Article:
However, parts of it are thriving. The courgettes continue to grow at a fantastic pace. I can’t make them into cakes fast enough, even though I quadruple the recipe and make four loaves at a time. I’m on the lookout for the perfect chocolate courgette cake so if you’ve got any ideas about where I can find it, let me know.
We’ve been really successful with pumpkins over the last two years. They are the ideal plant for me because they suddenly put on a lot of growth in late July and August, just at a time when I don’t get much opportunity for gardening. They are so big and prolific that their leaves seem to suppress a lot of weeds. Except for the ever present nasturtiums, of course.
In my opinion, we have a nasturtium problem in our patch. Just like the pumpkins, they also have a tendency to take over in July and August when I take my eye off the ball. At this time of year, before any frosts, they are at their height. The Husband insists that there are worse weeds we could have and I suppose he is right. They are not particularly difficult to rip out, unlike the creeping buttercup and bindweed I’m currently wrestling with as I clear the onion patch. They are just very, very good at self seeding.
The leeks are one area that I have managed to weed. Don’t look at the edges of the picture though. In hindsight, I wish I’d grown more leeks to see us through winter. Maybe next year. So far they seem to be pretty low maintenance plants, which is a priority for me.
This is the chard patch. Another easy to grow, low maintenance vegetable that I have been adding to curries instead of spinach. I think I am more in love with how it looks than how it tastes, to be honest, but, I just keep thinking about how healthy it must be. It should stand all winter, being resistant to frost. A perfect cut and come again crop.
I have managed a few meals from my climbing french beans. I think I will need to start these off earlier next year. It seems that they are just beginning to grow well. This is the most success I’ve ever had with climbing french beans so I’m pretty happy.
I succumbed to buying some plug plants from the local garden centre a week or two ago. I never got around to raising any purple sprouting broccoli or kale earlier in the summer but I really want to eat some in spring. I don’t normally like buying these kind of plants, it feels like cheating. However, I’ve got clear ground and I want it to be filled. I’ll just have to do better next time.
Some of the cabbages I sowed in the spring have survived my lack of attention and the surplus of attention from the slugs and cabbage white butterflies. They are now growing well. I’d better start planning how I’m going to encourage the children to eat them. I’m hoping my mulch works. It is made up of dead grass that I pulled up from elsewhere in the plot. Using waste as a mulch? Will it work? Time will tell.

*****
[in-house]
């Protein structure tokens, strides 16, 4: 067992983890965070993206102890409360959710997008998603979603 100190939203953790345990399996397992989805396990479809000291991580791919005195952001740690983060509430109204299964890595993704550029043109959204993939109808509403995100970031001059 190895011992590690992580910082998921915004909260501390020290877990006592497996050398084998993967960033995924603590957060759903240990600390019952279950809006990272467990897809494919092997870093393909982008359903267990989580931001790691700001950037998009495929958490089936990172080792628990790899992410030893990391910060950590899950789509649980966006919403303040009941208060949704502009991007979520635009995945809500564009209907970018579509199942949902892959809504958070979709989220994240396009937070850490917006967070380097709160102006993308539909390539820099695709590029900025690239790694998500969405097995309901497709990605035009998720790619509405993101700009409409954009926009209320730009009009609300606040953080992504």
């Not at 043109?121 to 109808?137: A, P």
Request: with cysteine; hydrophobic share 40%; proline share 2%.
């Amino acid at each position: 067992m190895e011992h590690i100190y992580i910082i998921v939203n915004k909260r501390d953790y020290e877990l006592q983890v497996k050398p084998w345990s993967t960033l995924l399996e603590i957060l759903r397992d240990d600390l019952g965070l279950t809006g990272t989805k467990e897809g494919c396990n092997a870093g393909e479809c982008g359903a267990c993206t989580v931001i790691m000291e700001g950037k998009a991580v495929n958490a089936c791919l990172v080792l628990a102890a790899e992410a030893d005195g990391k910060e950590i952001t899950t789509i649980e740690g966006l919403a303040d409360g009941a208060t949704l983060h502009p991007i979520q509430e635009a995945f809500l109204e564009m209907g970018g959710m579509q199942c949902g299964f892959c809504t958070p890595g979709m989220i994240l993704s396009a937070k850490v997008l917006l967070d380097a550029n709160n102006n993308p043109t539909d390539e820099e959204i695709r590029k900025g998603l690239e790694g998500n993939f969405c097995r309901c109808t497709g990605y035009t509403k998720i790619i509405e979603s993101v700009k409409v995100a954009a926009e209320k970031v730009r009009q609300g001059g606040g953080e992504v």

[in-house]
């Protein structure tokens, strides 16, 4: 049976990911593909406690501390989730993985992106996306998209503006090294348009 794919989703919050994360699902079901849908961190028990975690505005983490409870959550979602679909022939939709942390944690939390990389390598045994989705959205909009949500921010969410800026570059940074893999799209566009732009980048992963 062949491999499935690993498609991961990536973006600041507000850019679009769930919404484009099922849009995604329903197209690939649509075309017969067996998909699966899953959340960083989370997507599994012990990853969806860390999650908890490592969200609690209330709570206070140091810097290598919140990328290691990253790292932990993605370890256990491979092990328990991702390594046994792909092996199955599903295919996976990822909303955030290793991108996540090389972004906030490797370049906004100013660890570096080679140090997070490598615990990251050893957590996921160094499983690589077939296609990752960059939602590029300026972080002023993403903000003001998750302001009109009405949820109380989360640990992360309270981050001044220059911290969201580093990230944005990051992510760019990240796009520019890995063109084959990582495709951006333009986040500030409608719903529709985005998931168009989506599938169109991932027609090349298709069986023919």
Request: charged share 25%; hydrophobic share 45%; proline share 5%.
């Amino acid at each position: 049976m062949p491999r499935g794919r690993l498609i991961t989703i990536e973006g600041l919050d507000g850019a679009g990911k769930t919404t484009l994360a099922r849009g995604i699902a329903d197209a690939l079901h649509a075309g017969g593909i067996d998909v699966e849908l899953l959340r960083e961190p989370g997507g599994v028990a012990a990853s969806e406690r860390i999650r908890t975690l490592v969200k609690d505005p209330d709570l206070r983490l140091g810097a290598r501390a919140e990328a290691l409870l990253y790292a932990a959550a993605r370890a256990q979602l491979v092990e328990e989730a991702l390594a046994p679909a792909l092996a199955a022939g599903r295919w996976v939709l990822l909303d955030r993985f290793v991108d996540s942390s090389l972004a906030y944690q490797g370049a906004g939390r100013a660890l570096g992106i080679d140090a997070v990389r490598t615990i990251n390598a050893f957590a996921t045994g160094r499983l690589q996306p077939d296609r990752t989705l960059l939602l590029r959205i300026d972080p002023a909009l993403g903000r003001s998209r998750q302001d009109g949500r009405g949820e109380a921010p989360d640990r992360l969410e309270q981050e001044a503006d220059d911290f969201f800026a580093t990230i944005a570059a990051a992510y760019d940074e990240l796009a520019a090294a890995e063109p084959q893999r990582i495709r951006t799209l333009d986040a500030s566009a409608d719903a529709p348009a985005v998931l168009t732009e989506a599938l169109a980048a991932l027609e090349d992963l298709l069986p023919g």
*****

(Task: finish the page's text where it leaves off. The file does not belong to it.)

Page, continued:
The autumn raspberries are starting to ripen up but they are few and far between. I think they are still getting established in their new position and they are also a bit swamped by a vast carpet of nasturtiums. There are usually just enough for a little treat after a hard afternoon of weeding.
The start of September was very sunny, as it often is just as the summer holidays come to an end. As the children returned to school and nursery I returned to my routine of trying to get to the allotment more regularly. Having that little bit of space to dig and weed and plant and just sit in the sun is a real pleasure.
One day as I sat I was aware of lots of buzzing. The
enormous flowering weed plant next to me was full of hoverflies busy sucking up all the nectar it had to offer. If I was a real gardener I wouldn’t have let this plant get so big, never mind flower. But, after spending time watching and trying to photograph all the insects I didn’t have the heart to chop it down.
Our sunflowers seem to be reaching their peak now, the tallest one is over 7ft.
Autumn is slowly starting to make it’s presence felt. The autumn equinox was a day or two ago and my last few visits to the allotment have been in cooler weather. The mornings I have visited have been still and slightly misty with the damp air highlighting numerous, silky spiders webs.
The elderberries I could reach have been harvested and the birds are stripping the rest of the tree. Rose hips and other berries are brightening up the hedges as the leaves slowly begin to change and fall.